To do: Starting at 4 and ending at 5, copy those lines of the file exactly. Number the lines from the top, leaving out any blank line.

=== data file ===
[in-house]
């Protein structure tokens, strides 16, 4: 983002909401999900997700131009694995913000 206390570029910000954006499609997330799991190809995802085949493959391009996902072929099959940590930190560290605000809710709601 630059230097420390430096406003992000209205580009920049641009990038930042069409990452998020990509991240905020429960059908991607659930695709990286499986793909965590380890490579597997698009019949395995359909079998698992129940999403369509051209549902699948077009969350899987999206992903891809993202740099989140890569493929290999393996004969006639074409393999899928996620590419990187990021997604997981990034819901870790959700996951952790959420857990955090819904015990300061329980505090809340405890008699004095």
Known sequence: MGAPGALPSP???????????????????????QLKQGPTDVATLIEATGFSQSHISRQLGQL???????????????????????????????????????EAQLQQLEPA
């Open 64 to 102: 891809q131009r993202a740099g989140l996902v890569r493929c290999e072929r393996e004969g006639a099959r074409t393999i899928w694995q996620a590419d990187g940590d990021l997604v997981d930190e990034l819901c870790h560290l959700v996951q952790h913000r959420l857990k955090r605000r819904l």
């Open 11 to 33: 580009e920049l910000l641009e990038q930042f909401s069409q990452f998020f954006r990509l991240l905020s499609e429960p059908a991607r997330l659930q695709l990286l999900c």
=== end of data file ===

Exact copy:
């Open 64 to 102: 891809q131009r993202a740099g989140l996902v890569r493929c290999e072929r393996e004969g006639a099959r074409t393999i899928w694995q996620a590419d990187g940590d990021l997604v997981d930190e990034l819901c870790h560290l959700v996951q952790h913000r959420l857990k955090r605000r819904l």
């Open 11 to 33: 580009e920049l910000l641009e990038q930042f909401s069409q990452f998020f954006r990509l991240l905020s499609e429960p059908a991607r997330l659930q695709l990286l999900c």